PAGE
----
Meeting Abstract

P1.2  Wednesday, Jan. 4  Ontogeny of risk across the aquatic-terrestrial interface: how changing behavior and morphology affect predation through anuran metamorphosis JIMENEZ, R.R.; ABINETTE, S.H.*; TOUCHON, J.C. ; VONESH, J.R. ; WARKENTIN, K.M. ; Univ. Nac. de Costa Rica; Virginia Commonwealth Univ.; Boston Univ.; Virginia Commonwealth Univ.; Boston Univ.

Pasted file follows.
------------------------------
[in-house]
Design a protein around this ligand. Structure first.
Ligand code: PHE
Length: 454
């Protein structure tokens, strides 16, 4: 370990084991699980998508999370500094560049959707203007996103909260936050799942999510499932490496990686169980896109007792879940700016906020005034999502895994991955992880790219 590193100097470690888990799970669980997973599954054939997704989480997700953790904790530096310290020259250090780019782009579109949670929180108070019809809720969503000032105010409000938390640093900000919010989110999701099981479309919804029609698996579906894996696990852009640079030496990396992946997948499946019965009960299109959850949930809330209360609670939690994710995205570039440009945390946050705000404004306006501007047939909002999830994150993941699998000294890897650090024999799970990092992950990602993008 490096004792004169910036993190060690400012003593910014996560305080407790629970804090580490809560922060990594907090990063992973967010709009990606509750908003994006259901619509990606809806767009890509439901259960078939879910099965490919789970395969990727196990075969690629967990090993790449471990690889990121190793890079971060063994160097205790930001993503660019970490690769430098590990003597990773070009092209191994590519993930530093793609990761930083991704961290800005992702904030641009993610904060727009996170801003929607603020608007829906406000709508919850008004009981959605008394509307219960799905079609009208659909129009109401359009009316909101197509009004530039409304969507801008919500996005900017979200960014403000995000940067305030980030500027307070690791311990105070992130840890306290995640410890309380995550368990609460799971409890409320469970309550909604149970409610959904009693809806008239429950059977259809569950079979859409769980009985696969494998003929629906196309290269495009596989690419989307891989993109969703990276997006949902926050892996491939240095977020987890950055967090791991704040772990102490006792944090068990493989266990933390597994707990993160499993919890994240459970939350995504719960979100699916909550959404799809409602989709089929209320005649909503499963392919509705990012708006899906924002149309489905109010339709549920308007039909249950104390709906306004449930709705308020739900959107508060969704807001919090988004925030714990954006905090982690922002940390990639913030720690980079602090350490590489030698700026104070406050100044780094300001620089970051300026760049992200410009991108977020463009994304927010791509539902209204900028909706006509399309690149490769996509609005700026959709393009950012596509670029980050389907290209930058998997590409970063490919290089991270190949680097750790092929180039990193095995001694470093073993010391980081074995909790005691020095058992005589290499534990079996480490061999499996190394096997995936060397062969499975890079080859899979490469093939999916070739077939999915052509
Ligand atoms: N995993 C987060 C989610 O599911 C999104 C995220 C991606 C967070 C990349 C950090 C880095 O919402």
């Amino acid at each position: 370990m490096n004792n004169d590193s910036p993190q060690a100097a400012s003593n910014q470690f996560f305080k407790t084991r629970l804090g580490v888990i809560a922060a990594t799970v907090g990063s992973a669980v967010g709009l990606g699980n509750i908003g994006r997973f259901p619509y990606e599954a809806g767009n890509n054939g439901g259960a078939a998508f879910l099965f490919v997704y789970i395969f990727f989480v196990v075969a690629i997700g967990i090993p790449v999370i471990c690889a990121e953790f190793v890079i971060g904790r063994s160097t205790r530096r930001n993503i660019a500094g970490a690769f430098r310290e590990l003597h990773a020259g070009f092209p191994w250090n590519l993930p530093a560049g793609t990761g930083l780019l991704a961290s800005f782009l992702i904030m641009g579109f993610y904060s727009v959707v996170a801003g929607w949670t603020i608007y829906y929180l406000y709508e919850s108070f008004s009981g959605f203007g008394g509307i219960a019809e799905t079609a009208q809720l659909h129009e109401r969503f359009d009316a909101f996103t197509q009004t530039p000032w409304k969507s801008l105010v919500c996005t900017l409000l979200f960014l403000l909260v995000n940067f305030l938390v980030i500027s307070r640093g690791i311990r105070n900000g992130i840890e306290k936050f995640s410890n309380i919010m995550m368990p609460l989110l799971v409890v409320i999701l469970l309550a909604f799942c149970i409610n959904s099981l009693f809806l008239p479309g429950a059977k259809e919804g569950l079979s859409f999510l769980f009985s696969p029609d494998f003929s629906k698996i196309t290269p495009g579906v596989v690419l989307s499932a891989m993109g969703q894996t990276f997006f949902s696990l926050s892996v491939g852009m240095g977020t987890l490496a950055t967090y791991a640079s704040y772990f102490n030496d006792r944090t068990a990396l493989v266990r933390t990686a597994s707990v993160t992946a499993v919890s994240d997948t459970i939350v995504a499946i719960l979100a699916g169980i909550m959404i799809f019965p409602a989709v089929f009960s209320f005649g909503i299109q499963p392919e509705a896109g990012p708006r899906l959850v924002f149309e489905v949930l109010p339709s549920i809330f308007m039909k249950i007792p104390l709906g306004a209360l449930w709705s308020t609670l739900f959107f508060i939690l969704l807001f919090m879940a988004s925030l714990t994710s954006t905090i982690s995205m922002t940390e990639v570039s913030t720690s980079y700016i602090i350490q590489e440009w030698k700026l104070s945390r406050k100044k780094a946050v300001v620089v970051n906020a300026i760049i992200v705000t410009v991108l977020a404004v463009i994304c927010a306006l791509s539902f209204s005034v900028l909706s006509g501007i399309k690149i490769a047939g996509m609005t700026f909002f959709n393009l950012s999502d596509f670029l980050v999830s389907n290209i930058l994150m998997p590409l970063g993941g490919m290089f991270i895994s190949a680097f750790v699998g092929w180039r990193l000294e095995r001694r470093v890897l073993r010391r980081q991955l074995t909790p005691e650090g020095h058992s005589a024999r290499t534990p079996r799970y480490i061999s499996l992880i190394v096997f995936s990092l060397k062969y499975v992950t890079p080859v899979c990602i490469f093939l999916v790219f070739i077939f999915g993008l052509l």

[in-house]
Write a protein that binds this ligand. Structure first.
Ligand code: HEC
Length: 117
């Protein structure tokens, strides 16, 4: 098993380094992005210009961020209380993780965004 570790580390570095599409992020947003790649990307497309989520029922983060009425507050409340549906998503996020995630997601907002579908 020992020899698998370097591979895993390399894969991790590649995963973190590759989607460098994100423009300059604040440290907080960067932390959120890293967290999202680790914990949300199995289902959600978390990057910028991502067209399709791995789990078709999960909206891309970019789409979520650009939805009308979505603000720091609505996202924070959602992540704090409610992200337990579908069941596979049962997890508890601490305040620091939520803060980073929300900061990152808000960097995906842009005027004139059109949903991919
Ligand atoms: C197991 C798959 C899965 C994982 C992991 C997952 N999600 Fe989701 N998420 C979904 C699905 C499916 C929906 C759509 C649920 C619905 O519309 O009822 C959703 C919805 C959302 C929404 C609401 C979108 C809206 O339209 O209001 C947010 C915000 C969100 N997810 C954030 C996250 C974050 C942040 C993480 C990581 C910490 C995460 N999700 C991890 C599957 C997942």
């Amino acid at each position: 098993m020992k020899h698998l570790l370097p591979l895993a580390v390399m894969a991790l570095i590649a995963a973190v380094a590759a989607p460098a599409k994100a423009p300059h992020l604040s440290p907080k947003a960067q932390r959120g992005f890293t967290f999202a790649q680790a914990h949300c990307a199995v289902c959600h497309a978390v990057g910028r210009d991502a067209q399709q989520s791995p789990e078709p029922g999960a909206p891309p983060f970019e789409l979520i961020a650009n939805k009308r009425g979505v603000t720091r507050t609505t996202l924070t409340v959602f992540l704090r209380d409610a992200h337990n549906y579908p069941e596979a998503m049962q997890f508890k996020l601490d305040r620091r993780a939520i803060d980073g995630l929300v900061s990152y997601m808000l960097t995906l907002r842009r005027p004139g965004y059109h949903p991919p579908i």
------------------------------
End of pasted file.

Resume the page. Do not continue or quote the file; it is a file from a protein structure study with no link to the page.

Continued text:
Metamorphosis dramatically changes morphology, physiology, behavior and performance. As anurans change from aquatic tadpoles to terrestrial juveniles, they pass through a period of poor locomotor performance and high predation risk, and individuals behaviorally determine when they shift habitats. Red-eyed treefrogs, Agalychnis callidryas, alter when they move onto land in response to aquatic giant water bugs and semi-terrestrial fishing spiders. We conducted predation trials and behavioral experiments at multiple stages to assess changes in the interactions of A. callidryas with each predator through metamorphosis. In aquatic trials, A. callidryas reduced activity with both forelimb emergence and chemical cues from water bugs. Nonetheless, forelimb emergence substantially increased the predation rate. In semi-terrestrial trials, conducted in shallow water with dense floating vegetation, metamorph activity increased as tails were resorbed, and metamorphs did not reduce activity in the presence of a spider. Predation by spiders increased as metamorphs resorbed their tails. Close observation in small venues revealed that most spider attacks occurred after metamorph movements, and attack rates on shorter-tailed metamorphs were higher. Longer-tailed metamorphs were, however, less likely to escape from attacks. Thus, the ability of metamorphs to behaviorally compensate for morphological constraints on escape ability appears to be better out of the water. Nonetheless, in natural ponds, the effect of activity on the rate of encounters with pond-associated predators will depend on how rapidly metamorphs leave the environs of the pond.